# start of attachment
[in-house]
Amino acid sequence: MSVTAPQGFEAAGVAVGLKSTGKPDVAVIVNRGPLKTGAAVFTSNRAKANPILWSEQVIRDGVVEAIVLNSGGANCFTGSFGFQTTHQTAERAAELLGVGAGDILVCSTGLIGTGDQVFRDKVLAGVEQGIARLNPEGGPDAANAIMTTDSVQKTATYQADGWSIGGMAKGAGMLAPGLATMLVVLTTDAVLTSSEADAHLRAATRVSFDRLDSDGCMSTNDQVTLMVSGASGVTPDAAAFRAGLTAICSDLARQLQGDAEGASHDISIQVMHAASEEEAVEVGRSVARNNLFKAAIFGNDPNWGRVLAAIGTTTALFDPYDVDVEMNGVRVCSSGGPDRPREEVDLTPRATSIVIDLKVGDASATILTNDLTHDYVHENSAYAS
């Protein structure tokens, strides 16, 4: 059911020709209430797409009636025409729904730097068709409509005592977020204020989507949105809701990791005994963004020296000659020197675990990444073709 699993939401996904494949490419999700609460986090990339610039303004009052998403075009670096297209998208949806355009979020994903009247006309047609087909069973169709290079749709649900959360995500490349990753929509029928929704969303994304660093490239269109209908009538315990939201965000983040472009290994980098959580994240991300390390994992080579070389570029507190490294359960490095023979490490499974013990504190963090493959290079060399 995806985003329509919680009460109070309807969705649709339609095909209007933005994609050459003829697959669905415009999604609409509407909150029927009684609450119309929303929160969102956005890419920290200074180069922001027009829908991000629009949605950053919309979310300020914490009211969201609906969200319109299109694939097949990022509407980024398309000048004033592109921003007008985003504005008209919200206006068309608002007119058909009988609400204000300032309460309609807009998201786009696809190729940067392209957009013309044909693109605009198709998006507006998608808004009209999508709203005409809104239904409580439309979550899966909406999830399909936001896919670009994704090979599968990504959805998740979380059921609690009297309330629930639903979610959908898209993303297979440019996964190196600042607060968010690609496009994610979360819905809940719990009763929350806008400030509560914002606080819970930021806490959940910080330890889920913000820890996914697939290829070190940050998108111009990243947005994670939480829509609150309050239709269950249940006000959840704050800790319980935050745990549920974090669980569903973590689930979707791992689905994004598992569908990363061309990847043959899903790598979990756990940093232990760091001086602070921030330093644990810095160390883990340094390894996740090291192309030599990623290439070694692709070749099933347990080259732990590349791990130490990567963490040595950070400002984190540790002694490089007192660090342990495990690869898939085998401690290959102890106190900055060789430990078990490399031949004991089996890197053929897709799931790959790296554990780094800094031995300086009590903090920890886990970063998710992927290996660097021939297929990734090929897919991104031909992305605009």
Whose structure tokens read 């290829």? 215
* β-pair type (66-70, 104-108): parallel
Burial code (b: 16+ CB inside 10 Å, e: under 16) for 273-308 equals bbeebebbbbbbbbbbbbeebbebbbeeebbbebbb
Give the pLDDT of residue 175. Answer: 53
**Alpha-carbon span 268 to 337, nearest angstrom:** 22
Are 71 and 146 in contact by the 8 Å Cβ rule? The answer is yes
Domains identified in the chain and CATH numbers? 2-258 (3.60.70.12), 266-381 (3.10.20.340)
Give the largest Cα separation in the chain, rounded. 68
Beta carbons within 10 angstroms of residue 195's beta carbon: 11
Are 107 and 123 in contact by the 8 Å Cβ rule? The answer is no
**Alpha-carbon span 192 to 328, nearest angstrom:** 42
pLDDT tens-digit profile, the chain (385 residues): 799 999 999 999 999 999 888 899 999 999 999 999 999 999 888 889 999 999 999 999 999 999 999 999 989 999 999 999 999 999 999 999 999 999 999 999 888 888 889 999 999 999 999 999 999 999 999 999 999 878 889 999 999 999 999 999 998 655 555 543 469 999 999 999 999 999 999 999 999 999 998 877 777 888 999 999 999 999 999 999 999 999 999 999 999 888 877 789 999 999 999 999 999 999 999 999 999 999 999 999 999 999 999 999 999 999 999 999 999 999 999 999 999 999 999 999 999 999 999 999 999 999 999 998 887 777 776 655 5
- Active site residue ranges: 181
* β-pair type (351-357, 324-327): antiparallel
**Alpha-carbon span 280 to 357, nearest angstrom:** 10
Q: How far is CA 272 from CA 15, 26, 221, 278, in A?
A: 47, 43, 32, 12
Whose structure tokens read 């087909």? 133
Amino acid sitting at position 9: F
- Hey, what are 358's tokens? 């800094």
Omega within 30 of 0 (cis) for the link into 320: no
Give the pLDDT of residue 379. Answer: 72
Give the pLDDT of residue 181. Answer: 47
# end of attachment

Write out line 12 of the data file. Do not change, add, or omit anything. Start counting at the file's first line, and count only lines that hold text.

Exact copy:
Beta carbons within 10 angstroms of residue 195's beta carbon: 11